Is there anything a rotisserie chicken can’t do? It has become the Swiss-army knife of the home kitchen. Delis and meat departments of even moderately-stocked supermarkets now sell them in little characteristic bags or plastic carriers, and they have woven themselves into the fabric of the American dinnertime. They are used for chicken salad, chicken tacos, chicken enchiladas, chicken croquettes, and, yes, they are used as roast chicken.
Here, we’ll look at what it takes to make your own rotisserie chicken at home. Yes, the rotisserie is a specialized piece of equipment that not everyone has, and we acknowledge that fact, but if you have a rotisserie for your grill—or even a stand-alone rotisserie oven—we have the temperature tips you need to make a bird that far outshines than the ones at the store.
Why cook a rotisserie bird at home?
Store-bought rotisserie chickens are the very apex of convenience. They’re relatively cheap and they’re ready to go when you need them. So why make one at home? Well, control, for one thing. You can get the highest quality chicken available, one that hasn’t been injected with a 5% solution of whatever they wanted—maybe even a heritage breed chicken from your local farmers’ market. The point is, you can get a chicken you trust.
But beyond that, there are other advantages to home-cooking a rotisserie chicken. Seasoning, for one, which you get to customize. The smell, which you get to fill your neighborhood with. And, of course, the skin.
When you buy a rotisserie chicken at the store, unless you get it super fresh and get it home super fast, the skin is going to lose its crispness. It’ll still be well seasoned, but it won’t have the bacon-y crunch that a home-spun chicken will. And oh, what skin! The constant self-basting of the rendering fat gives the bird a deep, russet gold and a crispness that plays so well against the rich fattiness. It’s a culinary delight of tremendous caliber.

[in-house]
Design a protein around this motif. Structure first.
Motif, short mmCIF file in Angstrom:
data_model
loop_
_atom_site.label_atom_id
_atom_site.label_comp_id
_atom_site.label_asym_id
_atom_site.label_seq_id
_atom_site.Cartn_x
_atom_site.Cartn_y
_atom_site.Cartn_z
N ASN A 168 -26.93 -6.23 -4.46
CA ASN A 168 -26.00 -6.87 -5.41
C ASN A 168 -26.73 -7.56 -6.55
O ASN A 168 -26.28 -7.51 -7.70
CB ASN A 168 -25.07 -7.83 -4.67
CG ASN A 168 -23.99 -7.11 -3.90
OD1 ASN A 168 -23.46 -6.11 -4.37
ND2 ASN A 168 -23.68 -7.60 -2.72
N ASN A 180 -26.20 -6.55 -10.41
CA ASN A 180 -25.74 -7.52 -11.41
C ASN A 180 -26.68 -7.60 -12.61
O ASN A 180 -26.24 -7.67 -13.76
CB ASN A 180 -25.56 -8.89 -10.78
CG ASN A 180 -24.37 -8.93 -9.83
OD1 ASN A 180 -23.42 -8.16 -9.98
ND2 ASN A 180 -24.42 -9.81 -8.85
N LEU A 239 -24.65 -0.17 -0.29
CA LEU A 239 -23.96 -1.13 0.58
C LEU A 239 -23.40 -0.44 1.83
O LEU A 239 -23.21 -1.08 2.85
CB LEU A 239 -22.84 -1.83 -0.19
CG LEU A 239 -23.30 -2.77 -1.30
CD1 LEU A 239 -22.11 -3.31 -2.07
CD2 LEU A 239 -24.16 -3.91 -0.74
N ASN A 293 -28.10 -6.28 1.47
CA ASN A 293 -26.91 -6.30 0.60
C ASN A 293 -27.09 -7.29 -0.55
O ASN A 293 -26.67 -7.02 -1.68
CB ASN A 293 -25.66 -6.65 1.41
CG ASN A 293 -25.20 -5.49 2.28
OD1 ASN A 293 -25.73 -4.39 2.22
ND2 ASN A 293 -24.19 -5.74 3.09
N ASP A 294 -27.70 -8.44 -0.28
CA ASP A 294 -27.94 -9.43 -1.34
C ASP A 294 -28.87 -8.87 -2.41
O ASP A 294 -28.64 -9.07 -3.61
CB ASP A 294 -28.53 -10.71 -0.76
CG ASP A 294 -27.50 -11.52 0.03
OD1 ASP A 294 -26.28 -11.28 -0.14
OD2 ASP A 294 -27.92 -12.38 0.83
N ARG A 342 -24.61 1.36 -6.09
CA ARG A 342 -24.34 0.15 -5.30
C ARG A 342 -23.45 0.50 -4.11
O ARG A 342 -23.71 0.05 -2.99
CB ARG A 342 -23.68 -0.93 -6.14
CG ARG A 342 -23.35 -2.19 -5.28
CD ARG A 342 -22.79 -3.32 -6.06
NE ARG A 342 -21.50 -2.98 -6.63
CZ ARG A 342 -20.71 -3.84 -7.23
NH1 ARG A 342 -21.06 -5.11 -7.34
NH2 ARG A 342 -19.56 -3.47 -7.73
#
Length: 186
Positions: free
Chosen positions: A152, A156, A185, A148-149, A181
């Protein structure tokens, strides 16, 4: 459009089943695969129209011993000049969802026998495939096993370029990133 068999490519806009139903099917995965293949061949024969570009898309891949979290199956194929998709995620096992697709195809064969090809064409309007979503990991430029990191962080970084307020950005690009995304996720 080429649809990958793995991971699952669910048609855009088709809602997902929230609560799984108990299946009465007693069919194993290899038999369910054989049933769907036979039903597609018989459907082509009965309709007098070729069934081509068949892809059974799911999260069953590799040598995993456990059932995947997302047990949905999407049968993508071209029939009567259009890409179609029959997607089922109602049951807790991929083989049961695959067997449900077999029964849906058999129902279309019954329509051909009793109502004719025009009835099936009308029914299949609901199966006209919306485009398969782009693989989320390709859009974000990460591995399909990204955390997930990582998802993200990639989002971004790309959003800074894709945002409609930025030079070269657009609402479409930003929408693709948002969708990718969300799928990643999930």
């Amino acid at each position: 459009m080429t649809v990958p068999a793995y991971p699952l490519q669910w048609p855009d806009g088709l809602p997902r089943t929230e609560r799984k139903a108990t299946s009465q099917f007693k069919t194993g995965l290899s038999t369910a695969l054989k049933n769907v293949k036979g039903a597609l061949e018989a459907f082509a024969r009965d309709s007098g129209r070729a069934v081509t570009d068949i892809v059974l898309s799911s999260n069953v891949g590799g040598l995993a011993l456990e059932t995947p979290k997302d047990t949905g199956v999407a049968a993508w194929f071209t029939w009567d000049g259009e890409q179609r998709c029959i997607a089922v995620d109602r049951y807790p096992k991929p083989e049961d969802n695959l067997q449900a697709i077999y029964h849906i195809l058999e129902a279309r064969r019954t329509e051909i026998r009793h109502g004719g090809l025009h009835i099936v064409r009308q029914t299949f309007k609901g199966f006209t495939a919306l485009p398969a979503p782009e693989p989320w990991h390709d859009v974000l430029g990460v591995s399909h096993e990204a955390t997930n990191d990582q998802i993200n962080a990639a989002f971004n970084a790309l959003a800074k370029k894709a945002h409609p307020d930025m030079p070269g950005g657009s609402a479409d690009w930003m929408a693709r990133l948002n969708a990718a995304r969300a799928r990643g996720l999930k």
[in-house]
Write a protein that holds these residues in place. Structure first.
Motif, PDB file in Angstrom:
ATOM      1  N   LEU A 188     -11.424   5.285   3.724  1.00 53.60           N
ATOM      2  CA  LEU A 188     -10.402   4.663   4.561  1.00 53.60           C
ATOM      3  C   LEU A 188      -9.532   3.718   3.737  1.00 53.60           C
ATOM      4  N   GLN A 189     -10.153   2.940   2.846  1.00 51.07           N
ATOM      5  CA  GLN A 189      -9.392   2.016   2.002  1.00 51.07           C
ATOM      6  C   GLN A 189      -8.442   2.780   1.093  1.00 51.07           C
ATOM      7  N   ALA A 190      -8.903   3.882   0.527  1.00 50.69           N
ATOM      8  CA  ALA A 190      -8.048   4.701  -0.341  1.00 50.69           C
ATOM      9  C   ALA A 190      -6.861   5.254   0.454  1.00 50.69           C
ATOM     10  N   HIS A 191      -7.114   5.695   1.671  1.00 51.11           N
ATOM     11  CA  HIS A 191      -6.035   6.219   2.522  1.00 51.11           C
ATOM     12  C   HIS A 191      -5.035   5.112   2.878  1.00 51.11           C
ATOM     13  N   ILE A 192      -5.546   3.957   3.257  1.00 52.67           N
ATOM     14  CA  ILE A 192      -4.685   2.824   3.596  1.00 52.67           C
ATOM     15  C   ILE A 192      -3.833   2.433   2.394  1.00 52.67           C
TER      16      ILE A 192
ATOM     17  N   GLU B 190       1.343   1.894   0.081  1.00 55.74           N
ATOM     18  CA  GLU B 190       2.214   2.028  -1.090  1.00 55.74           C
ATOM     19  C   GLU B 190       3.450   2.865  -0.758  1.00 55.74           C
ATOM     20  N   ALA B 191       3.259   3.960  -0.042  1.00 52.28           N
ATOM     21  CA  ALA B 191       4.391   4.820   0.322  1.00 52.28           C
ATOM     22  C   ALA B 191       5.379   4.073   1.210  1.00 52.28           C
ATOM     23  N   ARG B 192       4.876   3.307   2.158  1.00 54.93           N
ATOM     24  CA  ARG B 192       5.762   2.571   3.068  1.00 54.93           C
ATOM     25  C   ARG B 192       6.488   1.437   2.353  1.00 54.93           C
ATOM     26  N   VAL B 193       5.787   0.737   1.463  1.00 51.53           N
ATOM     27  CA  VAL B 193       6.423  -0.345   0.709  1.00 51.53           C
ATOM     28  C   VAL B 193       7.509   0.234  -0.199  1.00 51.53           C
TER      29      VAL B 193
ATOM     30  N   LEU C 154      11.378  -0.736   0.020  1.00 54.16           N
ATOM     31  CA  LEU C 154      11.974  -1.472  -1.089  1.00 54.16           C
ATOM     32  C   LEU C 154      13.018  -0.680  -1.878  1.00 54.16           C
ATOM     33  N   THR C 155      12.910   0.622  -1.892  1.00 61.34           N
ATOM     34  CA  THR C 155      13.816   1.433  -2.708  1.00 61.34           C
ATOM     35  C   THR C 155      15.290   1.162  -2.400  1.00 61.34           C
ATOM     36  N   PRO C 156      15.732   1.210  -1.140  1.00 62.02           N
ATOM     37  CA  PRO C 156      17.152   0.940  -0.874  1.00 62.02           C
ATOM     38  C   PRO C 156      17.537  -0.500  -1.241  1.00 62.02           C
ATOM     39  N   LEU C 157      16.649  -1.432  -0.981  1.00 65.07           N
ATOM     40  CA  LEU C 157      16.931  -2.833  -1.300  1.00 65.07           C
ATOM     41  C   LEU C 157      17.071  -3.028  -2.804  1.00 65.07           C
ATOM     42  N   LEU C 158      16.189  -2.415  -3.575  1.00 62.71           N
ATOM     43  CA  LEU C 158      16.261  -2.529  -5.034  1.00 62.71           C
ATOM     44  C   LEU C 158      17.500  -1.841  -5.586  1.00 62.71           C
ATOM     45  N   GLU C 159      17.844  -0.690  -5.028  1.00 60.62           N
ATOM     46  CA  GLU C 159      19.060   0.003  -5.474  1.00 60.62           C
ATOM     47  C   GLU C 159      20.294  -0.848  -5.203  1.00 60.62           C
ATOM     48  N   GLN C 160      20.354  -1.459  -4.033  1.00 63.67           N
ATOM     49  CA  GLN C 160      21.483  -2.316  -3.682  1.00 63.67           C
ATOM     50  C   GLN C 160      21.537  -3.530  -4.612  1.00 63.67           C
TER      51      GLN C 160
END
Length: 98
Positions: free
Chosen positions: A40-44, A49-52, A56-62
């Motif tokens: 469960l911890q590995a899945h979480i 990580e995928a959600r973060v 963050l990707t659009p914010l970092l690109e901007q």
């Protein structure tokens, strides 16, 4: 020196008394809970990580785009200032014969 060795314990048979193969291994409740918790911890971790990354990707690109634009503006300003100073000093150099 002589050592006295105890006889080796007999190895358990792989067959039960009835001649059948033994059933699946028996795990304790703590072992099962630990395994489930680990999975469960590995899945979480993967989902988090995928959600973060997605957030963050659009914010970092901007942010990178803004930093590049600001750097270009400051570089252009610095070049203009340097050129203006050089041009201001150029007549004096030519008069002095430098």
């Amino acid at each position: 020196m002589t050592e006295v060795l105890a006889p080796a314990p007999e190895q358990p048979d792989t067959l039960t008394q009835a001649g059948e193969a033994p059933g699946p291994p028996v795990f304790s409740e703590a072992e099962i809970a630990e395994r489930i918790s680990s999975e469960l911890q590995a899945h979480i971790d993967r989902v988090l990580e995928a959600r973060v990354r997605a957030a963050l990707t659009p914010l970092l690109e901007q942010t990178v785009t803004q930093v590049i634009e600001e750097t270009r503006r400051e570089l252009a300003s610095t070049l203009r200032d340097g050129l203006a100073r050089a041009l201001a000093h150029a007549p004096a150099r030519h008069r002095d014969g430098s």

Is it as convenient as a store-bought bird? No way! But convenience isn’t why you love grilling and barbecue, is it? And this chicken is worth the (still rather small) effort.
White vs. dark meat: a thermal play
Just like on a turkey, the light and dark meat of a chicken are best cooked to two separate temperatures. Light breast meat is like a steak—tender, lean, and better if not overcooked—while dark thigh meat is more like a chuck roast or brisket, full of connective tissue that needs to be broken down, but juicy and tender once it’s properly done.
White meat is best cooked to a pull temp of about 157°F (69°C) so that it doesn’t dry out, but thigh and leg meat is better around 175°F (79°C) or higher. While that wide temperature difference may not always be achievable, there is a trick that we can use to get quite close: ice the breasts.
By letting the chicken sit on the counter with a bag of ice on the breasts for a half-hour or so before you cook, you allow the thigh meat to come up to a warmer temperature while maintaining a colder breast temp. The temperature differential you achieve before roasting will carry through some of the cook, so that the breasts end up cooler than the thighs in the finished bird, as well—an ingenious little trick.
When it comes to gauging the doneness of both the breast and the thigh meat, remember that slitting the meat open to check if the juices “run clear” is not an accurate way to ever check a chicken! Using a fast and accurate thermometer, however, most definitely is.
How to season a rotisserie chicken
There’s no set seasoning for a rotisserie chicken, so you can use your imagination to season yours according to what you like. We seasoned ours just with simple salt, pepper, and lemon zest, and in many ways, that’s about as good as it gets! Not only is that flavor combination excellent on its own, but it also goes well with anything you might want to use the chicken for, later on. It will go into a Greek pita as well as it will a Mexican tortilla soup.